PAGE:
By Jim Scown
24th March 2022
The Food, Farming and Countryside Commission (FFCC) is hugely appreciative of the work that has gone into the SEFARI fellowship report, supported by the James Hutton Institute, examining the transition to agroecology on the ground in Scotland.
FFCC’s confidence in an agroecological future is built on our Farming for Change research, which showed how a transition to agroecology can help mitigate and adapt to climate change, restore wildlife and ecosystems, and provide a healthy and nutritious diet for all.
Scotland is at the forefront of this transition, as the report shows. Agroecology already plays an important role in Scottish farming practice and there is huge potential for sector-wide change to deliver Scottish policy on climate, nature, health, and rural support and to ensure businesses and communities are resilient to geopolitical shocks. This report sets out steps to help Scotland move to an agroecological food system, where food is sustainably produced, nutritious and affordable for all.
The transition the FFCC called for in Our Future in the Land and more recently in Farming for Change is already underway in Scotland. People from a broad range of farming systems, enterprises and backgrounds are using agroecological practices, and often have been for some time. Agroecology offers a series of broad and inclusive pathways to sustainability for farmers, crofters, and communities.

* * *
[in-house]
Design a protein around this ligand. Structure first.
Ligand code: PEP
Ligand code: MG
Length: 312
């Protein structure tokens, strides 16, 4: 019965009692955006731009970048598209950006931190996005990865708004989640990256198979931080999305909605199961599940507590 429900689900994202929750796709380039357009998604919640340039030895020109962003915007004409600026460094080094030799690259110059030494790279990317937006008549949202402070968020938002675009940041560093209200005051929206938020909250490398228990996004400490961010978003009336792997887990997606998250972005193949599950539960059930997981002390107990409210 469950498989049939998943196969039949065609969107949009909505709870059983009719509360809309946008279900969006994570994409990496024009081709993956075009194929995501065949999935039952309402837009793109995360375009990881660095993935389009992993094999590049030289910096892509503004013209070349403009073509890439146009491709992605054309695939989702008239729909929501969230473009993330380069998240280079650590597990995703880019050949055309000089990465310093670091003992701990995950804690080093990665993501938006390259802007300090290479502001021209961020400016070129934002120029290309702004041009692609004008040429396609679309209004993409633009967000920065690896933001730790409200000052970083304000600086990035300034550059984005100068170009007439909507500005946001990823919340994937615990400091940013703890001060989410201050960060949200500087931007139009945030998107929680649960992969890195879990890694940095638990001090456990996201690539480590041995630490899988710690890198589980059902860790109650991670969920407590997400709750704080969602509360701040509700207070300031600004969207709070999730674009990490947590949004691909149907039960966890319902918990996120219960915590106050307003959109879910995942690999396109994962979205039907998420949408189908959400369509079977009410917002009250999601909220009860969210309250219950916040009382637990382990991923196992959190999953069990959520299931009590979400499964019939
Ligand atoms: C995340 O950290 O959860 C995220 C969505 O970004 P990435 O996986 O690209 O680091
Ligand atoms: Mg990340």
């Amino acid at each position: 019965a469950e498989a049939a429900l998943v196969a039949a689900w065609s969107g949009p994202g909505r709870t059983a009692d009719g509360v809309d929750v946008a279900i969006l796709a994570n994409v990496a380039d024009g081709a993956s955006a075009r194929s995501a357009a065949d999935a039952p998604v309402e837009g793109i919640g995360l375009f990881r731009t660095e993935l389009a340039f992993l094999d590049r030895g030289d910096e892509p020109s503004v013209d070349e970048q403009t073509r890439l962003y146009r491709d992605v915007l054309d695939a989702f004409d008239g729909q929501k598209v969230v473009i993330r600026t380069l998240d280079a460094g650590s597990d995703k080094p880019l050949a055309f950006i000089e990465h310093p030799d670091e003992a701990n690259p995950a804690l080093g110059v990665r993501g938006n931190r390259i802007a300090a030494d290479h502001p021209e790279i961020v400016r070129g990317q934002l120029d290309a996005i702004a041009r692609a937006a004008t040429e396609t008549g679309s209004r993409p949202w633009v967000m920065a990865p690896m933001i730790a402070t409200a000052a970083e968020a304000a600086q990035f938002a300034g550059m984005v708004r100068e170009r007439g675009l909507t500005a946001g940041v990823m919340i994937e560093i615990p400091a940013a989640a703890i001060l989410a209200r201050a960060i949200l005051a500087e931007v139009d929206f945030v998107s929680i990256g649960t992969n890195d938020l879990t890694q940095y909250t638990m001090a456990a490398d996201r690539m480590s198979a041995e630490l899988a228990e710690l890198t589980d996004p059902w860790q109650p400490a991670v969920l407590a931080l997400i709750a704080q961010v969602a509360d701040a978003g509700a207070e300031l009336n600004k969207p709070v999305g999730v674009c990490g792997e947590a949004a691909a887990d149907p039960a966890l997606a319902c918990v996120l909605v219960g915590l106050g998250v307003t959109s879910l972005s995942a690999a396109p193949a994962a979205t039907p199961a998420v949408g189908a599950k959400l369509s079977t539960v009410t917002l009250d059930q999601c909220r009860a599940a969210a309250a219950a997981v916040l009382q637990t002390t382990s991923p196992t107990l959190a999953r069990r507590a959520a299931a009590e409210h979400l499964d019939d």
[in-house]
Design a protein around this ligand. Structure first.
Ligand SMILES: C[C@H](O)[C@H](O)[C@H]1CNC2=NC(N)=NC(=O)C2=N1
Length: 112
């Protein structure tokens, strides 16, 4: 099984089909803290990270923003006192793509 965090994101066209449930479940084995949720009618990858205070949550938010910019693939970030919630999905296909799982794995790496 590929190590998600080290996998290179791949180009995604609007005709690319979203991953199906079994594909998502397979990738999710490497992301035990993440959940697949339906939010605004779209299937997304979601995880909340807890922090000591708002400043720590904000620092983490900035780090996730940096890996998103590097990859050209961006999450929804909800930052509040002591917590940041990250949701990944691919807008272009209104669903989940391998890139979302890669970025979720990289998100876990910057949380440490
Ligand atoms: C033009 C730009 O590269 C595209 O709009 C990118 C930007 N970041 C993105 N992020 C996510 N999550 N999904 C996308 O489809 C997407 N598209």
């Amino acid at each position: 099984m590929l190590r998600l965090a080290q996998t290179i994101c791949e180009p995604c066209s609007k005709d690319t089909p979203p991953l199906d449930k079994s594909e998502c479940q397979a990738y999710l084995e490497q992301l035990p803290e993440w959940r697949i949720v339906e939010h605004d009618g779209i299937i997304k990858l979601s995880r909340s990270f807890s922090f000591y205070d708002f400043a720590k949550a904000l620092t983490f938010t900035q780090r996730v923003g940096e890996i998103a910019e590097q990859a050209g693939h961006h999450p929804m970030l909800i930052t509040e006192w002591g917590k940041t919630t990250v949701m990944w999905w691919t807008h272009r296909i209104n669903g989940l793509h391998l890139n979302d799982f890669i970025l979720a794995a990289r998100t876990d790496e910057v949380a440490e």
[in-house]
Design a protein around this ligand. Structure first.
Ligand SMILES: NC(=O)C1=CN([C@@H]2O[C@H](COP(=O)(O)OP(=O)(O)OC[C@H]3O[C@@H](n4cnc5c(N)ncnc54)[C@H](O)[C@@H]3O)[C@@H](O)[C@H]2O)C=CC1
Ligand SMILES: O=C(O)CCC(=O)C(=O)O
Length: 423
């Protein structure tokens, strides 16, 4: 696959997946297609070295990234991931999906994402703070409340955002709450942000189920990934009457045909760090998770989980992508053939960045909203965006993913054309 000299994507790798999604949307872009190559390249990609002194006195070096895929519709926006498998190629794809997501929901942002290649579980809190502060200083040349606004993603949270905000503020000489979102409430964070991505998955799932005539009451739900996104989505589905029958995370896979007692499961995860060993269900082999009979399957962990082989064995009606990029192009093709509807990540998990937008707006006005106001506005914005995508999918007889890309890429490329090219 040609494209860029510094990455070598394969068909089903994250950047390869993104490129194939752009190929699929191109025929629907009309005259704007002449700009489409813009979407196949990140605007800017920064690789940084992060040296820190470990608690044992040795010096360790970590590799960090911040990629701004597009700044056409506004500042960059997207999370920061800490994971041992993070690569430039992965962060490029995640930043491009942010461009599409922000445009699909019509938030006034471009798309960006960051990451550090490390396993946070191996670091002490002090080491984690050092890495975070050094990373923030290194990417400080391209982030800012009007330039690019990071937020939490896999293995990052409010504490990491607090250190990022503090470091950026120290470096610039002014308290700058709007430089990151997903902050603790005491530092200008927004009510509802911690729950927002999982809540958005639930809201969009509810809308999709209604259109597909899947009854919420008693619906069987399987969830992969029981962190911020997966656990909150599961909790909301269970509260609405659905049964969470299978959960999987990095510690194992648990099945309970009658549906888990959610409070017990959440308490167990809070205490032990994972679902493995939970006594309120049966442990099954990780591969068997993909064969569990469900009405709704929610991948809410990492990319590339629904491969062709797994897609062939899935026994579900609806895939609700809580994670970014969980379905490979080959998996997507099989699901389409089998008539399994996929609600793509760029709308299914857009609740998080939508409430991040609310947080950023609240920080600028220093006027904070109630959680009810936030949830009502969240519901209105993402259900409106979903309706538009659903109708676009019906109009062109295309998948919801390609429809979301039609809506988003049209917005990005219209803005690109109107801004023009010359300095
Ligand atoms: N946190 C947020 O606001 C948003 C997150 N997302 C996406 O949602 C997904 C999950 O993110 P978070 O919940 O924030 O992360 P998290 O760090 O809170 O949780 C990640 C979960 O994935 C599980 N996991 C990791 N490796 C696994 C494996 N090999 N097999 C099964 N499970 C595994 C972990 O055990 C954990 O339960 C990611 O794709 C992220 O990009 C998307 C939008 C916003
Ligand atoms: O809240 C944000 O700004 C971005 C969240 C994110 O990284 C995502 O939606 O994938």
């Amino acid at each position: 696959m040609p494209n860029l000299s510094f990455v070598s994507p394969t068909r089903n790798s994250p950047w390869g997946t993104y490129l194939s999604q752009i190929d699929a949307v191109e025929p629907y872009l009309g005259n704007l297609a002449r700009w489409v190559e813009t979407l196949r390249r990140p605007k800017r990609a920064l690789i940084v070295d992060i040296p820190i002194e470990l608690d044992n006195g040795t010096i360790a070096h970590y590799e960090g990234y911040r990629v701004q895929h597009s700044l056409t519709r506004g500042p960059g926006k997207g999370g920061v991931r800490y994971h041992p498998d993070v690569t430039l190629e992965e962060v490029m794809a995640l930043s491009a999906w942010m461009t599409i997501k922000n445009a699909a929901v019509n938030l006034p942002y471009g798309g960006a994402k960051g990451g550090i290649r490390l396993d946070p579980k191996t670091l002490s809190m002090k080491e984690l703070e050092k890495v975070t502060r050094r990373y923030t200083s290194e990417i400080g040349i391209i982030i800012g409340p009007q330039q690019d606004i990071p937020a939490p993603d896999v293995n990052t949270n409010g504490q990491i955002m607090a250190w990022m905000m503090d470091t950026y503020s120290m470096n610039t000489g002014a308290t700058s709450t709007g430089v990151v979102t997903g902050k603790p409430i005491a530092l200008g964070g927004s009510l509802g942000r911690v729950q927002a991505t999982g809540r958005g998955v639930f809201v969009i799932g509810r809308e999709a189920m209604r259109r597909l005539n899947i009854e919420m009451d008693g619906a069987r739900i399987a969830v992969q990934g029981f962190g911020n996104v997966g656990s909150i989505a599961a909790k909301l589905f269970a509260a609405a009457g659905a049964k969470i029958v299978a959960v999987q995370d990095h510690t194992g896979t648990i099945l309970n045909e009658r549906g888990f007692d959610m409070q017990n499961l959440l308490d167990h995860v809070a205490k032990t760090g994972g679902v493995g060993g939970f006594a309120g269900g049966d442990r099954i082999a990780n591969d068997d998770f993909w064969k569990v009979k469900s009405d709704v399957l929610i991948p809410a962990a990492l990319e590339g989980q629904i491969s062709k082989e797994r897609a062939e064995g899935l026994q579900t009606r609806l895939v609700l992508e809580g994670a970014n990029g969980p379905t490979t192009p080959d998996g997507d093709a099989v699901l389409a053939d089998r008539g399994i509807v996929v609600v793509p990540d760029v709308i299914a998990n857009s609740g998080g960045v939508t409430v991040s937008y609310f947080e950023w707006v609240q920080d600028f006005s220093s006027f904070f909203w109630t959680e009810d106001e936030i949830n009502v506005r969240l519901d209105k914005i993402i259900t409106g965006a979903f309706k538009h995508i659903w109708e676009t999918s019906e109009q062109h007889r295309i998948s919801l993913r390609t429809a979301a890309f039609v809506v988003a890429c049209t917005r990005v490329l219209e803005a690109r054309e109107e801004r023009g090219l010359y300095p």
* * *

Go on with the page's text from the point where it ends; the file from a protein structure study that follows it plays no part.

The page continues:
Scotland can be at the forefront of the agroecological transition. But for a sector-wide transition, food producers need to know more about the economic, social and environmental advantages of agroecological practices – the benefits agroecology brings to landscapes, communities, businesses and individuals. To enable the transition to agroecology across the Scottish food system, farmers, crofters, growers and land managers need improved support in three key areas:
Scotland can be, and in some ways already is, at the forefront of the global agroecological transition. Long-held practices followed by Scottish farmers and crofters align with agroecology, and Scotland is in many ways a leader in the transition. Respondents agree that Scotland needs more diversified farming systems that can produce food, regenerate the environment, and are resilient to external shocks so more can be done. Diversification, sustainability and agroecological practices can ensure rural communities can mitigate and adapt to climate change while restoring nature and keeping people and their skills at the heart of the countryside.
To take agroecology from the level of practice on farm to systemic transition for Scottish food and farming, the Scottish government can focus on support and investment for agroecological farming and help to put in place market signals that give clarity to farmers. This can make farming a central solution to the biodiversity, climate and health emergencies, growing nutritious food, which is at the heart of sustainable food systems, creating good green jobs, and helping individuals and communities thrive and flourish.